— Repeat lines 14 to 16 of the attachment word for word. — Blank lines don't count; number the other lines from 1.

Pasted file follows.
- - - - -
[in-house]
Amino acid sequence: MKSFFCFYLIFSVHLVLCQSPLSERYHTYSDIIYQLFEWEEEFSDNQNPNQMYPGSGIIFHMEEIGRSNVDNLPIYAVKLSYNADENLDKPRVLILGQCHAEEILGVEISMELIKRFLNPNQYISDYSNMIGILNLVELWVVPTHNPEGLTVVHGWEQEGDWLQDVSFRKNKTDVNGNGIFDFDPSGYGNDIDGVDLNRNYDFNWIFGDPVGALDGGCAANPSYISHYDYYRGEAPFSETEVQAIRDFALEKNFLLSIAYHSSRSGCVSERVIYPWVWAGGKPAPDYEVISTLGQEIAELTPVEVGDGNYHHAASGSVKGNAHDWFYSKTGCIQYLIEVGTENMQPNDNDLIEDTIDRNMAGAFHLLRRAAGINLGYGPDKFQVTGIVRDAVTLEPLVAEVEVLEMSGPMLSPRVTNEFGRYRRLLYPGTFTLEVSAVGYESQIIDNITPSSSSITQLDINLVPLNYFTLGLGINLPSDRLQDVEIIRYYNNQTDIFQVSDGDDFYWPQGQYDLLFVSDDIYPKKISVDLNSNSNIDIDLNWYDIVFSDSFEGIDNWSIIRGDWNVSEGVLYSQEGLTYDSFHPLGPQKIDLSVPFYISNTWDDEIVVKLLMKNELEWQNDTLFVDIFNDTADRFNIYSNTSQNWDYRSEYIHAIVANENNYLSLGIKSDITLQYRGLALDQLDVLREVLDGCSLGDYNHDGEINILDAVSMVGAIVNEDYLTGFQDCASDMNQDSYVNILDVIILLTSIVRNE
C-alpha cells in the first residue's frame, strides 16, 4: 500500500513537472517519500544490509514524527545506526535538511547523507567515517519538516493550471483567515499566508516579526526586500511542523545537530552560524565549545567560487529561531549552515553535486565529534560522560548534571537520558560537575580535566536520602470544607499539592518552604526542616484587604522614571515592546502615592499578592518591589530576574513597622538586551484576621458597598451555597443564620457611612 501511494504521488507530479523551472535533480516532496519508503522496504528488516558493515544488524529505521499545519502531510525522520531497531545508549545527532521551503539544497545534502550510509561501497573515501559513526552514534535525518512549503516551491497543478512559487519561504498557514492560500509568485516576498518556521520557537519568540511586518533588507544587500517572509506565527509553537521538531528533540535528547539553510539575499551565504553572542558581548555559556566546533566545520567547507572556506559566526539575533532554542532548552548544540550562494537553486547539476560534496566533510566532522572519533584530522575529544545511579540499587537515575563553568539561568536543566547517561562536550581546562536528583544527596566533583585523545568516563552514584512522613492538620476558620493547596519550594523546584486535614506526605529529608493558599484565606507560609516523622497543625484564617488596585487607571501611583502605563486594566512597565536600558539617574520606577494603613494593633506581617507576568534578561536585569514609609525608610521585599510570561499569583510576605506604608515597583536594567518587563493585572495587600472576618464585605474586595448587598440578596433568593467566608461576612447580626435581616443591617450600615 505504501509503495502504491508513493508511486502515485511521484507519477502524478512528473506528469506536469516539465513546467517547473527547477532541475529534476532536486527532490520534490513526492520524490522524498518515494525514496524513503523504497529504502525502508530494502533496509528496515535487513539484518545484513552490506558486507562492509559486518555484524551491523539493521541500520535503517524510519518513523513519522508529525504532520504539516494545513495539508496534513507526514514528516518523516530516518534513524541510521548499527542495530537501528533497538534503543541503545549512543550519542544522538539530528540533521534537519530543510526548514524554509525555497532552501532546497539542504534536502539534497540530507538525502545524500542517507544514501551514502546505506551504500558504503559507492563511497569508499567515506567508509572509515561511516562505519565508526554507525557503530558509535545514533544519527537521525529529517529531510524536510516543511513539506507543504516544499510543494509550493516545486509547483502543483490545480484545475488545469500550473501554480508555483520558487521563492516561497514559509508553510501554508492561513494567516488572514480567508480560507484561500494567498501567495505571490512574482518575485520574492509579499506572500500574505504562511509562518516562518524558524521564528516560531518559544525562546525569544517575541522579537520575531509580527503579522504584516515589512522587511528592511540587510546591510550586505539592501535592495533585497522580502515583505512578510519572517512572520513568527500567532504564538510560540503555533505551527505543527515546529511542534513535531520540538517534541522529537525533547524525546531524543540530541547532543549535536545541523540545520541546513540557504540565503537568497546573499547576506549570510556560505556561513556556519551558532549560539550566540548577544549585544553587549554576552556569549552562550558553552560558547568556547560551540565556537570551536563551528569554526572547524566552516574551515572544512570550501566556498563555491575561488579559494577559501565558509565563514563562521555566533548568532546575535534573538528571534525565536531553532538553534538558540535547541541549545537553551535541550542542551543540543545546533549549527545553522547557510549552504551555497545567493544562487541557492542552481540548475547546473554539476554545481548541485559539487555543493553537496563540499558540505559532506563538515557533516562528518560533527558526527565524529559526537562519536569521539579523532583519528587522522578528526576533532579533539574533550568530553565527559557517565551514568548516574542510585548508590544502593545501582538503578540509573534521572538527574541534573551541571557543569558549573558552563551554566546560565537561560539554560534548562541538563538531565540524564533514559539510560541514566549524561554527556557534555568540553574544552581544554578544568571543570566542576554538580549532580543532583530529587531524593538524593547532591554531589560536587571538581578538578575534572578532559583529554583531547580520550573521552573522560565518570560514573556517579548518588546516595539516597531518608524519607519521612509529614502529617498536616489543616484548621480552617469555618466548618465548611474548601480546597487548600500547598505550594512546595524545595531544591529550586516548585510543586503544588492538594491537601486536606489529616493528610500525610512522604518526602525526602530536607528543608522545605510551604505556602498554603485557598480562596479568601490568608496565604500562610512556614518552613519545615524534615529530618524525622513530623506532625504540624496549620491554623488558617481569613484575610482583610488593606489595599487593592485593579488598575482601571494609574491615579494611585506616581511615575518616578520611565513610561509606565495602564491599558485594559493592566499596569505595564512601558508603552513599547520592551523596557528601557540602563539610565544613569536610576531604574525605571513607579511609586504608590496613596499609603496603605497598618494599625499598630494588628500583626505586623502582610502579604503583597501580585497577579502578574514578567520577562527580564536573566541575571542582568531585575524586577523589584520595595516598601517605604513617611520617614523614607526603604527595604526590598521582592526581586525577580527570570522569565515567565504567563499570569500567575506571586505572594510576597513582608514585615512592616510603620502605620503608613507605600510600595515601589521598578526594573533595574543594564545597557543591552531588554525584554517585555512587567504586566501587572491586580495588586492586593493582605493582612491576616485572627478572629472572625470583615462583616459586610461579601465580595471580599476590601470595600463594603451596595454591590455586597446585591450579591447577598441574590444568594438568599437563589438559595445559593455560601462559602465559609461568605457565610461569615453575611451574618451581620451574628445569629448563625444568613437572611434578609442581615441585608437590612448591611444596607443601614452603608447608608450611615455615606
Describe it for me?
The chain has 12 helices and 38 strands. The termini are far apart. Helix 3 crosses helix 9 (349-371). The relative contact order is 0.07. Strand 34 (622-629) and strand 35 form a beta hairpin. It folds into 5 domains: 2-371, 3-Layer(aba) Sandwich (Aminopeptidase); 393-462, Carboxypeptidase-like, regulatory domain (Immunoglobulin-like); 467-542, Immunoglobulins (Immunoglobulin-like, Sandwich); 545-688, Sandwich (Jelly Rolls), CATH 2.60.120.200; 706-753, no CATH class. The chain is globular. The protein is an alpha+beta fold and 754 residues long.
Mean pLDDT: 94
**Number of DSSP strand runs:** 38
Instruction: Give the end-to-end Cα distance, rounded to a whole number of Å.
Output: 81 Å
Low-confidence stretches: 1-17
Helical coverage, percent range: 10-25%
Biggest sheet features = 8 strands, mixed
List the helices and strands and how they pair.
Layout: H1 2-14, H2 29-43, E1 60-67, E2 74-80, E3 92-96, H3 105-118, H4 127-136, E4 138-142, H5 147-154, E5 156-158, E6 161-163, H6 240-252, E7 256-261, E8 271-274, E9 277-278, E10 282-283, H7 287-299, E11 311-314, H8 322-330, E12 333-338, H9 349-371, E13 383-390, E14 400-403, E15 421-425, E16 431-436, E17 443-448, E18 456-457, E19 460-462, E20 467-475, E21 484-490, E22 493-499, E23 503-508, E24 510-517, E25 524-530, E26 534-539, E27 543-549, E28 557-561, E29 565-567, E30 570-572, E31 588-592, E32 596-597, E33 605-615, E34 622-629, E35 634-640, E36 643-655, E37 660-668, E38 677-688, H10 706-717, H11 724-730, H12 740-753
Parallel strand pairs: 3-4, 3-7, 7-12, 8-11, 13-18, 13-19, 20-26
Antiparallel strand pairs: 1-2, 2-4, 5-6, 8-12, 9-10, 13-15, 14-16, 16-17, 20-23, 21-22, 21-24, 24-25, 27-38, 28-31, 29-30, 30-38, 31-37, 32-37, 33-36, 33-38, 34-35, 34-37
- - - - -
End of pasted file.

Layout: H1 2-14, H2 29-43, E1 60-67, E2 74-80, E3 92-96, H3 105-118, H4 127-136, E4 138-142, H5 147-154, E5 156-158, E6 161-163, H6 240-252, E7 256-261, E8 271-274, E9 277-278, E10 282-283, H7 287-299, E11 311-314, H8 322-330, E12 333-338, H9 349-371, E13 383-390, E14 400-403, E15 421-425, E16 431-436, E17 443-448, E18 456-457, E19 460-462, E20 467-475, E21 484-490, E22 493-499, E23 503-508, E24 510-517, E25 524-530, E26 534-539, E27 543-549, E28 557-561, E29 565-567, E30 570-572, E31 588-592, E32 596-597, E33 605-615, E34 622-629, E35 634-640, E36 643-655, E37 660-668, E38 677-688, H10 706-717, H11 724-730, H12 740-753
Parallel strand pairs: 3-4, 3-7, 7-12, 8-11, 13-18, 13-19, 20-26
Antiparallel strand pairs: 1-2, 2-4, 5-6, 8-12, 9-10, 13-15, 14-16, 16-17, 20-23, 21-22, 21-24, 24-25, 27-38, 28-31, 29-30, 30-38, 31-37, 32-37, 33-36, 33-38, 34-35, 34-37